Rohani:                             I love it when it is personal and it doesn’t have to be contained within the will or the trust. You can have a separate sort of list of wishes. We work with a few organizations who do that intermediate future planning in terms of all those other things, who to contact, who are the service providers, what would I want for housing, things that aren’t necessarily after I die, but even if they are, they’re not necessarily financial or will-based, but all those practical things. And they put together a folder of resources for the people left behind to know who to contact and what the schedule is.

Sometimes there’s a very specific schedule of each day these are the activities, and this is who comes, and this is what happens. And it can be really distressing for the person with a disability if that schedule is interrupted too much. So it’s good to pass that on thoroughly in detail. But working with those groups, it does really help. And I love it when we can make it as personal as possible.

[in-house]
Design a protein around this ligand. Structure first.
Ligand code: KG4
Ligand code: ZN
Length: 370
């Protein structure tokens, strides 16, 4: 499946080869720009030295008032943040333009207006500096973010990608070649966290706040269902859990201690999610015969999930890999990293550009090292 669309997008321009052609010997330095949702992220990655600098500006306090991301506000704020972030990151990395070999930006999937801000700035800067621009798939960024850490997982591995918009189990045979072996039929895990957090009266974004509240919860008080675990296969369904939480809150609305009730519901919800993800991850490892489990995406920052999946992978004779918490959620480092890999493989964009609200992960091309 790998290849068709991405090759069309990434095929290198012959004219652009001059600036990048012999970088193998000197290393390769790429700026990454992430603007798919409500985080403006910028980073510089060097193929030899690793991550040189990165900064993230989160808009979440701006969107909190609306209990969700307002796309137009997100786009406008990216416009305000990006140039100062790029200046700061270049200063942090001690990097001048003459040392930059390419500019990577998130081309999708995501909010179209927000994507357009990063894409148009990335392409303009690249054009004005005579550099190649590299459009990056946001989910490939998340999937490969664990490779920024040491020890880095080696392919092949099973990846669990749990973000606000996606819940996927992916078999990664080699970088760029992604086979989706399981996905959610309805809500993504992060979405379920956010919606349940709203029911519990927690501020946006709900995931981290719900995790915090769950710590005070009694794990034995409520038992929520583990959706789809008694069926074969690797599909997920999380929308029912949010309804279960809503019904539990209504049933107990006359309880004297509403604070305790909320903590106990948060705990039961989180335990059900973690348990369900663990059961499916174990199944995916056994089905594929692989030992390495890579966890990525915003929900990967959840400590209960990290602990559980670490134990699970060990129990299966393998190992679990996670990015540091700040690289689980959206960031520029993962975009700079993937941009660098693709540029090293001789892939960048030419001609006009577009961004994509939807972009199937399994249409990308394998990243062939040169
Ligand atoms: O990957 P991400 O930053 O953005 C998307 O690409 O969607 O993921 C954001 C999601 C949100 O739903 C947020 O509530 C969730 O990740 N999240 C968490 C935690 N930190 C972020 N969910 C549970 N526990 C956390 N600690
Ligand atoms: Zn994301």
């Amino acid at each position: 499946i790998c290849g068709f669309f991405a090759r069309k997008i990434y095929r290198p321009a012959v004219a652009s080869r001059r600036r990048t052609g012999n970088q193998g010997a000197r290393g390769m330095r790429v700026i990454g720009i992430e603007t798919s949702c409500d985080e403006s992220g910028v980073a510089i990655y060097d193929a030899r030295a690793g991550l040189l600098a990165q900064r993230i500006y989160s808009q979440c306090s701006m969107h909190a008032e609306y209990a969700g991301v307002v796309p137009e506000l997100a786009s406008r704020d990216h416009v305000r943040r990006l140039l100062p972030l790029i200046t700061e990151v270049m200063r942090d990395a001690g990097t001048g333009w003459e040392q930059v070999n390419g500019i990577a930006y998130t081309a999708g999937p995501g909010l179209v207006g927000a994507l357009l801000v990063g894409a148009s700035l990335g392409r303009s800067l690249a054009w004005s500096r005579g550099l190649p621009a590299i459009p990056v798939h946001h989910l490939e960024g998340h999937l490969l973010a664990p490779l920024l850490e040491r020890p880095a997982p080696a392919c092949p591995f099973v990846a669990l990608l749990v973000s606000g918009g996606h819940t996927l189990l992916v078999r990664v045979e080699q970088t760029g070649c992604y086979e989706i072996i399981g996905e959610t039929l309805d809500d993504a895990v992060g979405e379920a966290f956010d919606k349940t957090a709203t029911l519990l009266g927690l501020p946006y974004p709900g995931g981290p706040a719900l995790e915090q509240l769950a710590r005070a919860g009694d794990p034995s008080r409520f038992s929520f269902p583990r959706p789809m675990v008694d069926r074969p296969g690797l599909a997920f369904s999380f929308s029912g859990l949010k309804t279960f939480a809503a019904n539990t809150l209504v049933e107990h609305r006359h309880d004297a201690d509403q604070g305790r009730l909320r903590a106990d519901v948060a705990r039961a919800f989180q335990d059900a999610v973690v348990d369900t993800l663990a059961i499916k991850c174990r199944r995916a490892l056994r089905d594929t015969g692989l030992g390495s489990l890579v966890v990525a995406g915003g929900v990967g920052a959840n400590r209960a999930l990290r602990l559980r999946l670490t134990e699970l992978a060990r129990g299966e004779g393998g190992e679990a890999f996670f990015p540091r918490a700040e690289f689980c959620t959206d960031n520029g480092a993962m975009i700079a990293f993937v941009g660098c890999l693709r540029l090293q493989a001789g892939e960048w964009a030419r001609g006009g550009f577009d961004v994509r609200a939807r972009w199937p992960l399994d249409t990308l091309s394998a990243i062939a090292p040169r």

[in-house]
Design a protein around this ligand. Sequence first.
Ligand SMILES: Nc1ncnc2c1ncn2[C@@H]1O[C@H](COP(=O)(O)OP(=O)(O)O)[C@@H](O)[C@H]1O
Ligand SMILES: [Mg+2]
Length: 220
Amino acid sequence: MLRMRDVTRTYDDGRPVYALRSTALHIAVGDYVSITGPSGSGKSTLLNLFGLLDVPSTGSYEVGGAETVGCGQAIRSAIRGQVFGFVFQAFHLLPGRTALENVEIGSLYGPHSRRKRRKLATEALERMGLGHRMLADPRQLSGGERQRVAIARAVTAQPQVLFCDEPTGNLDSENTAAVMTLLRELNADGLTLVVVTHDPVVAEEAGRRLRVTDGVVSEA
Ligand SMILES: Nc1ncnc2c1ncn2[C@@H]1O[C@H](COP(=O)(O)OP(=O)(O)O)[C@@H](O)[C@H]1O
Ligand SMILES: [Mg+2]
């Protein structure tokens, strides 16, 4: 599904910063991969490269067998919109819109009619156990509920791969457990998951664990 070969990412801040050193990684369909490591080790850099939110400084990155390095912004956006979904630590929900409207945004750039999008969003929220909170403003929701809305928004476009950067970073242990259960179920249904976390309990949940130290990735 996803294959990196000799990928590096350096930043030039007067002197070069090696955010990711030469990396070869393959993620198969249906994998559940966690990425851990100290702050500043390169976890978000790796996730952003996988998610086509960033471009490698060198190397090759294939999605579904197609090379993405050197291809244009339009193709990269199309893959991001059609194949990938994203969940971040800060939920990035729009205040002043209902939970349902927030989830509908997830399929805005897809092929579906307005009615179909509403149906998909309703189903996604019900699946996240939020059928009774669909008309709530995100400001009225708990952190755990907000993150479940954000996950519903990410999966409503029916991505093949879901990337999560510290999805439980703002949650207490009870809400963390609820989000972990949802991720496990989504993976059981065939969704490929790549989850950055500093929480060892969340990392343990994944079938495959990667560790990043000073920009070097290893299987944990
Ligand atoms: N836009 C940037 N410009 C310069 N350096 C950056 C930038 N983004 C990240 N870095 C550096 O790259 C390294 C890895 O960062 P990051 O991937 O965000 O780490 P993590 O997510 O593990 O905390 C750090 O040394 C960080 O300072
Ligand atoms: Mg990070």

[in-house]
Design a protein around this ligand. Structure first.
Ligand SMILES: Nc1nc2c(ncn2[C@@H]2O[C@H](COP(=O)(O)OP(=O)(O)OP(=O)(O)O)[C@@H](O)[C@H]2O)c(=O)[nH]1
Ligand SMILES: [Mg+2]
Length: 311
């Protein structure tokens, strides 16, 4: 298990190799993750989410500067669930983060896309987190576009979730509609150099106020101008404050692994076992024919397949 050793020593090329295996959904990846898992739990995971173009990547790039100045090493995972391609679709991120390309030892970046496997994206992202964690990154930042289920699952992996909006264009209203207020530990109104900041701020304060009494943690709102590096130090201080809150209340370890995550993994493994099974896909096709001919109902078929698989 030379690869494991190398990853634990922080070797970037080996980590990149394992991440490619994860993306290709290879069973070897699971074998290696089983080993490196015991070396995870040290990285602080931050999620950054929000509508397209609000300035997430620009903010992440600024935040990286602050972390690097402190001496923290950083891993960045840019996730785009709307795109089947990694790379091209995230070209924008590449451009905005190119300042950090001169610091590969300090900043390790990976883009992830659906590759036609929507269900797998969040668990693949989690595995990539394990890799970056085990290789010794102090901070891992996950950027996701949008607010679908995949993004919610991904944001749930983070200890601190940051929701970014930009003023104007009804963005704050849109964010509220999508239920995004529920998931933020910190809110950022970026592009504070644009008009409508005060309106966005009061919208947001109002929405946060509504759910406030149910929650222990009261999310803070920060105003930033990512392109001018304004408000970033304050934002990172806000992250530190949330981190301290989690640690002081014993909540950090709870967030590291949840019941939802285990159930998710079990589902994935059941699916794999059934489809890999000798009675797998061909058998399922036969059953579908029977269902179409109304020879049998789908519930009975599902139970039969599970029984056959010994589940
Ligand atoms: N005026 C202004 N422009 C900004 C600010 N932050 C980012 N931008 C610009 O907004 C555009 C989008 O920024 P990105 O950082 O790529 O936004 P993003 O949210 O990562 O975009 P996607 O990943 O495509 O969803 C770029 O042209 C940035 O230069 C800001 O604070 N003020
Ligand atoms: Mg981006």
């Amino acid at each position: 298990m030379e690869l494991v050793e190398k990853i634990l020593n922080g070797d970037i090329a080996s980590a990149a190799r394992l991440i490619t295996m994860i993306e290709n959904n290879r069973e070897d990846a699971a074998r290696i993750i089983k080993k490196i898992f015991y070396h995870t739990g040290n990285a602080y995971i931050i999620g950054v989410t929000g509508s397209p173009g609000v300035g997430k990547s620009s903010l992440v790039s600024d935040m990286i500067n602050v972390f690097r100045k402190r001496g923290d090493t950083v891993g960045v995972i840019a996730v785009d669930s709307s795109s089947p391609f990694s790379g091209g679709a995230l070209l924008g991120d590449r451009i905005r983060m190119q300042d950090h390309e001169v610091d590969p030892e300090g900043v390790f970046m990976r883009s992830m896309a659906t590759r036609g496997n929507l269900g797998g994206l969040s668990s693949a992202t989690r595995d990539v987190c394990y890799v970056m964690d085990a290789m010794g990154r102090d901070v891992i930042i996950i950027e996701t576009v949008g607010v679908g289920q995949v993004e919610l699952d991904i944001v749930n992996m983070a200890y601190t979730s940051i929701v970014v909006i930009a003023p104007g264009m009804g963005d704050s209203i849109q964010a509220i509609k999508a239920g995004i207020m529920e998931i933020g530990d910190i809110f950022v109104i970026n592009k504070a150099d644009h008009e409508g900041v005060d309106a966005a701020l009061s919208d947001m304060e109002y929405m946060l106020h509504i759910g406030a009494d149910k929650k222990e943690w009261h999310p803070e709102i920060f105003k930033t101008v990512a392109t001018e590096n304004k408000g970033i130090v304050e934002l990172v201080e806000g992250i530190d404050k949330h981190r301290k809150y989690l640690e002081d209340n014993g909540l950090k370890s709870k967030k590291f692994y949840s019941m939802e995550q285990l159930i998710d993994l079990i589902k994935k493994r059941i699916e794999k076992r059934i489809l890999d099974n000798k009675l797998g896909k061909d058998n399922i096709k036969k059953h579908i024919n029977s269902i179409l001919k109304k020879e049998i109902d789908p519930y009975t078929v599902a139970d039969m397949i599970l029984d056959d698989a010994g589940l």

Kristine Christ…:             How do you find someone to be a beneficiary if there aren’t any siblings or you kind of don’t feel like the people around you could help in that way? Where do you go?

Rohani:                             Do you mean the trustee?

Kristine Christ…:             Trustee? Sorry. Yeah.

Rohani:                             No, that’s okay. Just wanted to make sure I answer you correctly. Yeah, look I know there’s been a lot of my clients, so that is something that we do. There are trustee companies. I’ve had quite a few clients who have really, really struggled with that and they’ve tried to find people in their community who would be willing to be involved. And sometimes there are people who help with the supports who say, “Yeah, yeah of course I’d love to be involved,” but they don’t necessarily want to take on the whole burden of the responsibility and the administration. So we can include them as consultants, people to talk to. But in terms of taking on that role, it’s really personal. And I would encourage people if they’re looking at an independent professional to meet some different people, talk to people from different organizations.